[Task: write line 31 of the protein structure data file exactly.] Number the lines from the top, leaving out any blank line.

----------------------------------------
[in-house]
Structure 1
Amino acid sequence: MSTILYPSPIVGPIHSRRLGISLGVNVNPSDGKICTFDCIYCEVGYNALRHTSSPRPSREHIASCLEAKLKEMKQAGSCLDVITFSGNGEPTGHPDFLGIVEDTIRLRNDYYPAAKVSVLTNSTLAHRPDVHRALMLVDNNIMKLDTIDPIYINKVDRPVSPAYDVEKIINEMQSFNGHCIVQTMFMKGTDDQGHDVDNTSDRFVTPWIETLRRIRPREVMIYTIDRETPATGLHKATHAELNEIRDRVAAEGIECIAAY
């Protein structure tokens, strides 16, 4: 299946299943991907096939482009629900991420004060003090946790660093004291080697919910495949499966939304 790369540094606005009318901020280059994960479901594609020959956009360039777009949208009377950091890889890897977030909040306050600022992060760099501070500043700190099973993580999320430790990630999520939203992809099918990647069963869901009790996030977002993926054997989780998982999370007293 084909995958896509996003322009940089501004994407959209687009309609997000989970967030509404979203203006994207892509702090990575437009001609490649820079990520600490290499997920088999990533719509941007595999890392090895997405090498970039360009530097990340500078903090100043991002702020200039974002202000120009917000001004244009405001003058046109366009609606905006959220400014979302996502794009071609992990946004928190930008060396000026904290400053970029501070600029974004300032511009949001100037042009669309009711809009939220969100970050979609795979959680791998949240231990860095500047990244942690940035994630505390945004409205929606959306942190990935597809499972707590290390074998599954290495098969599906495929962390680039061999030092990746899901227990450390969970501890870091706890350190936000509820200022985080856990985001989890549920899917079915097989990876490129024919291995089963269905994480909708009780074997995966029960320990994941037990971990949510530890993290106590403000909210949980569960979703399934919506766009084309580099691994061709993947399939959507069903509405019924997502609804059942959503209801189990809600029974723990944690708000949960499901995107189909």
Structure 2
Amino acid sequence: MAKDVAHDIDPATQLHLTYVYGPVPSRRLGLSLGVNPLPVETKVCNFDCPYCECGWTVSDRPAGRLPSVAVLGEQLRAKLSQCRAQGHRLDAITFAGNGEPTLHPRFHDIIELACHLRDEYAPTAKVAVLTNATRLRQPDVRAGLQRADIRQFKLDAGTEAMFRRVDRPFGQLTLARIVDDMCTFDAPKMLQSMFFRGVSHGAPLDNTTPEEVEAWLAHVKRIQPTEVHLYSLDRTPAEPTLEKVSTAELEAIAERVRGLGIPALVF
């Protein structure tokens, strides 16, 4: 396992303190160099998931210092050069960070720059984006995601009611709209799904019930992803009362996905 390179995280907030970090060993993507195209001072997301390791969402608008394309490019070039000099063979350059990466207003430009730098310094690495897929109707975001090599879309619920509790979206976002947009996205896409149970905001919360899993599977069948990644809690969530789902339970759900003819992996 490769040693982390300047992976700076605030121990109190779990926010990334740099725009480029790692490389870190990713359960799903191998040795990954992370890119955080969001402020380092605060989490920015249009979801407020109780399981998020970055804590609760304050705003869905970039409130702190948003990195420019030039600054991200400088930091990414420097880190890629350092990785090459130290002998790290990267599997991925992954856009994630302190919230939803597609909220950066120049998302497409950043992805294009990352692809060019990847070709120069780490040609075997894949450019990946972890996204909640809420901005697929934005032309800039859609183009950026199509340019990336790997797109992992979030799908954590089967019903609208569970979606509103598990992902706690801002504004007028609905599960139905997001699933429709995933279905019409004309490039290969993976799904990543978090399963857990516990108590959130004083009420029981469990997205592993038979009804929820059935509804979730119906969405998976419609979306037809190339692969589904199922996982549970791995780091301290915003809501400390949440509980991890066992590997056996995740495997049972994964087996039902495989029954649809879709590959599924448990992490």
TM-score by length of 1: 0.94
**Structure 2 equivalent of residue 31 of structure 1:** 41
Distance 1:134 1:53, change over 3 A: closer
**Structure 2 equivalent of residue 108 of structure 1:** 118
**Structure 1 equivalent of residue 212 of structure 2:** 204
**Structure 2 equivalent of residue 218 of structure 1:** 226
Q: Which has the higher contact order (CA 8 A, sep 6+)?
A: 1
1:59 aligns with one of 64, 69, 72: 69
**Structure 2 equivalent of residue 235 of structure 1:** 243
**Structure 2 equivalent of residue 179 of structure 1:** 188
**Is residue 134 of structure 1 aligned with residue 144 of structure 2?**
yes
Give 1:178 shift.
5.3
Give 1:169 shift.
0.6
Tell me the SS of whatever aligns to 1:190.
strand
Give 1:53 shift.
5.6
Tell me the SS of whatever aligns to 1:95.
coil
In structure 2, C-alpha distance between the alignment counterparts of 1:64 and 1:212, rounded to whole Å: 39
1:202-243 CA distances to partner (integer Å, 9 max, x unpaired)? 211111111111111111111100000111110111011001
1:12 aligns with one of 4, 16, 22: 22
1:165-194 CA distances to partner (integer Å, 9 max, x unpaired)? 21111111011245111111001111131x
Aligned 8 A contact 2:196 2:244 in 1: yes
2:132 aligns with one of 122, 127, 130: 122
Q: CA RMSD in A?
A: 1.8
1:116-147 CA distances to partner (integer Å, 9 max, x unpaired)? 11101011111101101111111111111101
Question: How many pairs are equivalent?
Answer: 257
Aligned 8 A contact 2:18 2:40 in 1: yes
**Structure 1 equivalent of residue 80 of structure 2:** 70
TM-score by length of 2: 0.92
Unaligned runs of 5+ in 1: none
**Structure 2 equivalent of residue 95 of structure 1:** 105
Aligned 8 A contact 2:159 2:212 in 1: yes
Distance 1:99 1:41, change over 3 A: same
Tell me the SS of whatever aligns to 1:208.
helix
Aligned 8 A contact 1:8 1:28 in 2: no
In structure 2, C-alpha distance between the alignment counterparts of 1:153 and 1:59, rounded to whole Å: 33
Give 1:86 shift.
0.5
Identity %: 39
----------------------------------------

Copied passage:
In structure 2, C-alpha distance between the alignment counterparts of 1:64 and 1:212, rounded to whole Å: 39